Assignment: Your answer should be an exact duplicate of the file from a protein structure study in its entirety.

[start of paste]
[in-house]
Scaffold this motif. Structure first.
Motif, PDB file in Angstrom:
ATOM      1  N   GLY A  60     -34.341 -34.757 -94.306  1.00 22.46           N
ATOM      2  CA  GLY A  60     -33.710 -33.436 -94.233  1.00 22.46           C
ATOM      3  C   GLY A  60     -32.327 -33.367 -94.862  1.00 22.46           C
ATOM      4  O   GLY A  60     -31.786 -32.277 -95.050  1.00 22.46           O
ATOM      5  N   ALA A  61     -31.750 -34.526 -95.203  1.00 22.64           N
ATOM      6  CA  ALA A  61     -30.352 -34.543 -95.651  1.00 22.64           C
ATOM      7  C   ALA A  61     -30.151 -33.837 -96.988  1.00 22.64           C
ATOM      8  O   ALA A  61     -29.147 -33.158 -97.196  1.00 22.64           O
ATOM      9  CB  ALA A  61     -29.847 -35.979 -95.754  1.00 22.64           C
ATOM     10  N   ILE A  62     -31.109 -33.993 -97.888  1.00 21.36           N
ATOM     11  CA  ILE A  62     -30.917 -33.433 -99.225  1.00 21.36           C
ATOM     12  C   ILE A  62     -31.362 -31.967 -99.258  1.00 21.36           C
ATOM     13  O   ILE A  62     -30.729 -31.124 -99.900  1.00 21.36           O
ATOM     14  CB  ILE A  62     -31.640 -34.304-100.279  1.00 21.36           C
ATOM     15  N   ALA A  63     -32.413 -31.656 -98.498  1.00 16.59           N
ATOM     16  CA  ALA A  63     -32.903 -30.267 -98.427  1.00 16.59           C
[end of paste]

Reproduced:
[in-house]
Scaffold this motif. Structure first.
Motif, PDB file in Angstrom:
ATOM      1  N   GLY A  60     -34.341 -34.757 -94.306  1.00 22.46           N
ATOM      2  CA  GLY A  60     -33.710 -33.436 -94.233  1.00 22.46           C
ATOM      3  C   GLY A  60     -32.327 -33.367 -94.862  1.00 22.46           C
ATOM      4  O   GLY A  60     -31.786 -32.277 -95.050  1.00 22.46           O
ATOM      5  N   ALA A  61     -31.750 -34.526 -95.203  1.00 22.64           N
ATOM      6  CA  ALA A  61     -30.352 -34.543 -95.651  1.00 22.64           C
ATOM      7  C   ALA A  61     -30.151 -33.837 -96.988  1.00 22.64           C
ATOM      8  O   ALA A  61     -29.147 -33.158 -97.196  1.00 22.64           O
ATOM      9  CB  ALA A  61     -29.847 -35.979 -95.754  1.00 22.64           C
ATOM     10  N   ILE A  62     -31.109 -33.993 -97.888  1.00 21.36           N
ATOM     11  CA  ILE A  62     -30.917 -33.433 -99.225  1.00 21.36           C
ATOM     12  C   ILE A  62     -31.362 -31.967 -99.258  1.00 21.36           C
ATOM     13  O   ILE A  62     -30.729 -31.124 -99.900  1.00 21.36           O
ATOM     14  CB  ILE A  62     -31.640 -34.304-100.279  1.00 21.36           C
ATOM     15  N   ALA A  63     -32.413 -31.656 -98.498  1.00 16.59           N
ATOM     16  CA  ALA A  63     -32.903 -30.267 -98.427  1.00 16.59           C